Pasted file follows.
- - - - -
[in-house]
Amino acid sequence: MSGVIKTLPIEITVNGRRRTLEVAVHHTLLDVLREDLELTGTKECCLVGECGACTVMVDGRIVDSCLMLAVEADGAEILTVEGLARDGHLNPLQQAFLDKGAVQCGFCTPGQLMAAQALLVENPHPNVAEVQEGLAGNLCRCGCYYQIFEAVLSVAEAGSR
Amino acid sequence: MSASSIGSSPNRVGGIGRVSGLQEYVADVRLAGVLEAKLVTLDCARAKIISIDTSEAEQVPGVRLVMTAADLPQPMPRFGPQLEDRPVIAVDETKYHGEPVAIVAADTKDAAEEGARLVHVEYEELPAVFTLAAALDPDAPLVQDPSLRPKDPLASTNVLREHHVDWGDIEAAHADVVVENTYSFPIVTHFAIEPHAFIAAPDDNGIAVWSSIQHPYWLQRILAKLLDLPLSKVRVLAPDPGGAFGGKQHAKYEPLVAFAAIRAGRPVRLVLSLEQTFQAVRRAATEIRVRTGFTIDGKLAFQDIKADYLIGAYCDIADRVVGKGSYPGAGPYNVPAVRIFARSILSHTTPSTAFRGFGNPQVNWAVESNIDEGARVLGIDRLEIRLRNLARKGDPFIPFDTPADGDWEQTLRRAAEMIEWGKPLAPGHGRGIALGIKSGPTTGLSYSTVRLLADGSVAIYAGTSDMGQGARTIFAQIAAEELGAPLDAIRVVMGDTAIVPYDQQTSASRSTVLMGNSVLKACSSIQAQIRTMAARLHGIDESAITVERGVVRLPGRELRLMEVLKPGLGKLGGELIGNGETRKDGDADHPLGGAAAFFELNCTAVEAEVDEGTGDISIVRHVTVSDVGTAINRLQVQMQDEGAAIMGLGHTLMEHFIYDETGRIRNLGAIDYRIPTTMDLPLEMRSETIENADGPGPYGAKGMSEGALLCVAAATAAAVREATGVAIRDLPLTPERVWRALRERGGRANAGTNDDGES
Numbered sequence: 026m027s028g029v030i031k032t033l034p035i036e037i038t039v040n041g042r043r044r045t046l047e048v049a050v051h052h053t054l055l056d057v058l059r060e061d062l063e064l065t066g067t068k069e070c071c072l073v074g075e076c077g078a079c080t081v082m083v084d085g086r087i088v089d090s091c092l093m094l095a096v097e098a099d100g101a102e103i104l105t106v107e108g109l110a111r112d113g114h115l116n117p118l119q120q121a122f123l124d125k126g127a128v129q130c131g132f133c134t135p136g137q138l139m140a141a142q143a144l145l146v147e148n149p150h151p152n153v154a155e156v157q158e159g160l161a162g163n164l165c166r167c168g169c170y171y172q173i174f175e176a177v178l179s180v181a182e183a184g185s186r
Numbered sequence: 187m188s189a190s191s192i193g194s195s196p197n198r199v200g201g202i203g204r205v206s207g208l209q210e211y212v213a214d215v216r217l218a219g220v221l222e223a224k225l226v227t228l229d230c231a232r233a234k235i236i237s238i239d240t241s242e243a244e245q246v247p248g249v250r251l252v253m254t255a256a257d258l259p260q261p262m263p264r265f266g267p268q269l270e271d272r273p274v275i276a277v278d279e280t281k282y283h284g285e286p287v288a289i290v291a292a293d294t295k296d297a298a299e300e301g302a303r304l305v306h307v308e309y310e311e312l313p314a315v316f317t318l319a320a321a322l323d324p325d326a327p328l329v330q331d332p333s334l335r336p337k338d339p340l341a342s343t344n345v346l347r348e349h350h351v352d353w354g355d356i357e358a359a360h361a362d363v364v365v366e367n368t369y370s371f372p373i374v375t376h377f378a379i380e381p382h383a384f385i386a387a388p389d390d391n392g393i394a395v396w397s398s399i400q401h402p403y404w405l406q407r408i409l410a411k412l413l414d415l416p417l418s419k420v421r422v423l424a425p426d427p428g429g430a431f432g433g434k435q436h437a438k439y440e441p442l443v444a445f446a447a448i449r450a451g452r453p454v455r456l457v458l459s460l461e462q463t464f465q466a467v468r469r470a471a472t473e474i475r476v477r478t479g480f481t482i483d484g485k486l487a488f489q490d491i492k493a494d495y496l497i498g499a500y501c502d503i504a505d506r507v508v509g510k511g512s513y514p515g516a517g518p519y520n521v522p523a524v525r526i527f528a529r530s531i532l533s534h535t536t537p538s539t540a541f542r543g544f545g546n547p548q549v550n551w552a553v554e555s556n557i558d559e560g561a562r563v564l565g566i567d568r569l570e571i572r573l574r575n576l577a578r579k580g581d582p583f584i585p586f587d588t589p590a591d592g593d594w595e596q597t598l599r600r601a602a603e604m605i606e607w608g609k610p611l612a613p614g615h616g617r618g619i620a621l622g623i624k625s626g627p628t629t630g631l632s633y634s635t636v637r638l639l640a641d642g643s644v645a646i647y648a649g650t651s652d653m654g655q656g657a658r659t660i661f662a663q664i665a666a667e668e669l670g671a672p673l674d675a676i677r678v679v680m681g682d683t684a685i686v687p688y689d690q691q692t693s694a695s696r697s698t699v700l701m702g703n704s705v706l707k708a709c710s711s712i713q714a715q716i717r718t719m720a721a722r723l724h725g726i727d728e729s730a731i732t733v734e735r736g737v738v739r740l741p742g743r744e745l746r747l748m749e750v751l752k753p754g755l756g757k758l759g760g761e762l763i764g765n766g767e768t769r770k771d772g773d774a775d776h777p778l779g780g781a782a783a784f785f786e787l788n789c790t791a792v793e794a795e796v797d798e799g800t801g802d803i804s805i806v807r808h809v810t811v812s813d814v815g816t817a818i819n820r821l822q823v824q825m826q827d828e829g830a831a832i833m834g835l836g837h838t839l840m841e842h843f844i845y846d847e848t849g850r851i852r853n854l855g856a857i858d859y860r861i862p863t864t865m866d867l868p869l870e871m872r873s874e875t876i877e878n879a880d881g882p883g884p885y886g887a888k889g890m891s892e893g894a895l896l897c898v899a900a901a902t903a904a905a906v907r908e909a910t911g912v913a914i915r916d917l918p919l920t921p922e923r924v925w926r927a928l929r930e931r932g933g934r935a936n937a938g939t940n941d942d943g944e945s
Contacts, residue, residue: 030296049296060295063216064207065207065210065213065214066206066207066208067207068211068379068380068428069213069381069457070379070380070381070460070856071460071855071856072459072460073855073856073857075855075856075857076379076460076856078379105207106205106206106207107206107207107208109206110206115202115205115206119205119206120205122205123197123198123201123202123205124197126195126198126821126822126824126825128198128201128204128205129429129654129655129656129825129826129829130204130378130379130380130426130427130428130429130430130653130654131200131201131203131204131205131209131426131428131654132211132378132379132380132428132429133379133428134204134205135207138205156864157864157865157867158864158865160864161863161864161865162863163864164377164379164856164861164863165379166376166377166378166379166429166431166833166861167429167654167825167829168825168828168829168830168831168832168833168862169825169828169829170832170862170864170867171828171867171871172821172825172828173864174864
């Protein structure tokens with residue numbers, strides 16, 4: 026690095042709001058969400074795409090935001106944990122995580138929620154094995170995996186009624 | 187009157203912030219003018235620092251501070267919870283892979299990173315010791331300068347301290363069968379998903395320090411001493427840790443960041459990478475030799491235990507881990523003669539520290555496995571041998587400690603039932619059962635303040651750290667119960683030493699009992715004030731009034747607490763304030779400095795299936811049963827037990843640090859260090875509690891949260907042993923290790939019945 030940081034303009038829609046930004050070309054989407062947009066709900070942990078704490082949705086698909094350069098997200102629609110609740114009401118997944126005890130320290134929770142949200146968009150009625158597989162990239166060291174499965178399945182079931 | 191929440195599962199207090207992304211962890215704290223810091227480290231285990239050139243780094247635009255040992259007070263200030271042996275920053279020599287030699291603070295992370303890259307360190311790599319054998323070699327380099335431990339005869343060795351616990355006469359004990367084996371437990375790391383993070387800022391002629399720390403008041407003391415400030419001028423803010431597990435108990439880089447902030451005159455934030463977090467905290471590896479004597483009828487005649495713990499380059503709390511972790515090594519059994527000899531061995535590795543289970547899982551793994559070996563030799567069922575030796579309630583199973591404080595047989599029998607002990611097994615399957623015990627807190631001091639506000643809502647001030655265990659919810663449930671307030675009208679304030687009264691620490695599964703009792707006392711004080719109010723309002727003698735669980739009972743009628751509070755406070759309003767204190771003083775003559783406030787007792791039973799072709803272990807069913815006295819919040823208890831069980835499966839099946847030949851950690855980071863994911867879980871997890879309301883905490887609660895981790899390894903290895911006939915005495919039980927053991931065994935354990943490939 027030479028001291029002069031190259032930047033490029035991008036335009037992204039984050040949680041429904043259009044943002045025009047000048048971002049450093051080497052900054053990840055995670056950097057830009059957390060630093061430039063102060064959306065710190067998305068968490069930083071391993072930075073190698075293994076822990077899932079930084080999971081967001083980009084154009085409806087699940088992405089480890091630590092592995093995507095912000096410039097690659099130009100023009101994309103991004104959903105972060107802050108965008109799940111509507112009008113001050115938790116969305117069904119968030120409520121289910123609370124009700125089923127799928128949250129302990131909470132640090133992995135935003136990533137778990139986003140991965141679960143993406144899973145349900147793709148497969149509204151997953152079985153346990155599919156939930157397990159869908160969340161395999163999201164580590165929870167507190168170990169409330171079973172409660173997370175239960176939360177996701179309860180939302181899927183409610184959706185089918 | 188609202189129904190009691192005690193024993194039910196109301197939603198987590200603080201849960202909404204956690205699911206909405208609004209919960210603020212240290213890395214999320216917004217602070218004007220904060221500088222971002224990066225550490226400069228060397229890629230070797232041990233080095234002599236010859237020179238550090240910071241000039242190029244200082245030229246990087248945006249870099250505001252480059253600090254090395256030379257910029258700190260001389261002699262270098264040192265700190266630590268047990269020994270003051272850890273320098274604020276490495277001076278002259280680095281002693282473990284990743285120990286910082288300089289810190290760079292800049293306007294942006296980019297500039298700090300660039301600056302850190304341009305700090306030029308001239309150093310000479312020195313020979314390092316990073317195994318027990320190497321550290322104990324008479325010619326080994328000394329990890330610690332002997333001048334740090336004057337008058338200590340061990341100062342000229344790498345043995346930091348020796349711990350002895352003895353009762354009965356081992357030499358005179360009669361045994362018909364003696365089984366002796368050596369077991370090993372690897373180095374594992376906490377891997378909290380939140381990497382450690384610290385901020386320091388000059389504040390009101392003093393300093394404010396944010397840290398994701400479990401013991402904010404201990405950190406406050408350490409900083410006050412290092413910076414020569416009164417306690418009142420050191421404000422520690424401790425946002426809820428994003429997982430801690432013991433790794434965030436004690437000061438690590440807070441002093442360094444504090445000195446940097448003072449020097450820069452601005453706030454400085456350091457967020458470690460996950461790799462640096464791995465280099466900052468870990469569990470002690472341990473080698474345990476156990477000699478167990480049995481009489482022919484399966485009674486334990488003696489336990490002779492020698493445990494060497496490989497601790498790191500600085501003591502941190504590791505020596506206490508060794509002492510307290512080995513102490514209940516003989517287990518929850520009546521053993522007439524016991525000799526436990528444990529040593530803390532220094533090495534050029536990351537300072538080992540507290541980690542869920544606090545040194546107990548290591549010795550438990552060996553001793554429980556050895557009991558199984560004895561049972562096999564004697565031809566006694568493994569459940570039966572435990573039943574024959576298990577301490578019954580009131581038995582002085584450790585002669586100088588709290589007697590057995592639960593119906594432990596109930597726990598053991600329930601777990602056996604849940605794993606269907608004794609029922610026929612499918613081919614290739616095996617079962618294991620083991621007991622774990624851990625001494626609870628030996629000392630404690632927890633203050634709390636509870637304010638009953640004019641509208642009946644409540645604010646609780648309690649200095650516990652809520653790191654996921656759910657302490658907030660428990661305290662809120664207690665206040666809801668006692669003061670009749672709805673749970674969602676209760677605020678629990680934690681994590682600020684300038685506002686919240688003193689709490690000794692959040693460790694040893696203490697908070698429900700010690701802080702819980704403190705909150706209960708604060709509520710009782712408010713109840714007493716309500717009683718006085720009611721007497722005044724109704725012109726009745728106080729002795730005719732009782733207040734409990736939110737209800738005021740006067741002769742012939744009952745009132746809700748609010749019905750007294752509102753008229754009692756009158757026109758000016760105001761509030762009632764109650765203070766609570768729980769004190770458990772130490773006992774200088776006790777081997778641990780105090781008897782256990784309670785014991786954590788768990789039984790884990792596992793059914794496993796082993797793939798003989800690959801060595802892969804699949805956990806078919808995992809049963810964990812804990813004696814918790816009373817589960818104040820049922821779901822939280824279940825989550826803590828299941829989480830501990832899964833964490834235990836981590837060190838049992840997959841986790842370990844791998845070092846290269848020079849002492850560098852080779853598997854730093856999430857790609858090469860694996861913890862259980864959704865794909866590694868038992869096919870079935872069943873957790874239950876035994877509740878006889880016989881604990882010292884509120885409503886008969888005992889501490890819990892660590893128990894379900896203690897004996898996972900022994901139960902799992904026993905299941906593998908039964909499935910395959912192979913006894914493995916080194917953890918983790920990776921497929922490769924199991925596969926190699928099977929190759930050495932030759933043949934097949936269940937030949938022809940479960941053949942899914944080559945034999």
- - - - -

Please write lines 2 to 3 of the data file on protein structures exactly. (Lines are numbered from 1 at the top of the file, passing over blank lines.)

Amino acid sequence: MSGVIKTLPIEITVNGRRRTLEVAVHHTLLDVLREDLELTGTKECCLVGECGACTVMVDGRIVDSCLMLAVEADGAEILTVEGLARDGHLNPLQQAFLDKGAVQCGFCTPGQLMAAQALLVENPHPNVAEVQEGLAGNLCRCGCYYQIFEAVLSVAEAGSR
Amino acid sequence: MSASSIGSSPNRVGGIGRVSGLQEYVADVRLAGVLEAKLVTLDCARAKIISIDTSEAEQVPGVRLVMTAADLPQPMPRFGPQLEDRPVIAVDETKYHGEPVAIVAADTKDAAEEGARLVHVEYEELPAVFTLAAALDPDAPLVQDPSLRPKDPLASTNVLREHHVDWGDIEAAHADVVVENTYSFPIVTHFAIEPHAFIAAPDDNGIAVWSSIQHPYWLQRILAKLLDLPLSKVRVLAPDPGGAFGGKQHAKYEPLVAFAAIRAGRPVRLVLSLEQTFQAVRRAATEIRVRTGFTIDGKLAFQDIKADYLIGAYCDIADRVVGKGSYPGAGPYNVPAVRIFARSILSHTTPSTAFRGFGNPQVNWAVESNIDEGARVLGIDRLEIRLRNLARKGDPFIPFDTPADGDWEQTLRRAAEMIEWGKPLAPGHGRGIALGIKSGPTTGLSYSTVRLLADGSVAIYAGTSDMGQGARTIFAQIAAEELGAPLDAIRVVMGDTAIVPYDQQTSASRSTVLMGNSVLKACSSIQAQIRTMAARLHGIDESAITVERGVVRLPGRELRLMEVLKPGLGKLGGELIGNGETRKDGDADHPLGGAAAFFELNCTAVEAEVDEGTGDISIVRHVTVSDVGTAINRLQVQMQDEGAAIMGLGHTLMEHFIYDETGRIRNLGAIDYRIPTTMDLPLEMRSETIENADGPGPYGAKGMSEGALLCVAAATAAAVREATGVAIRDLPLTPERVWRALRERGGRANAGTNDDGES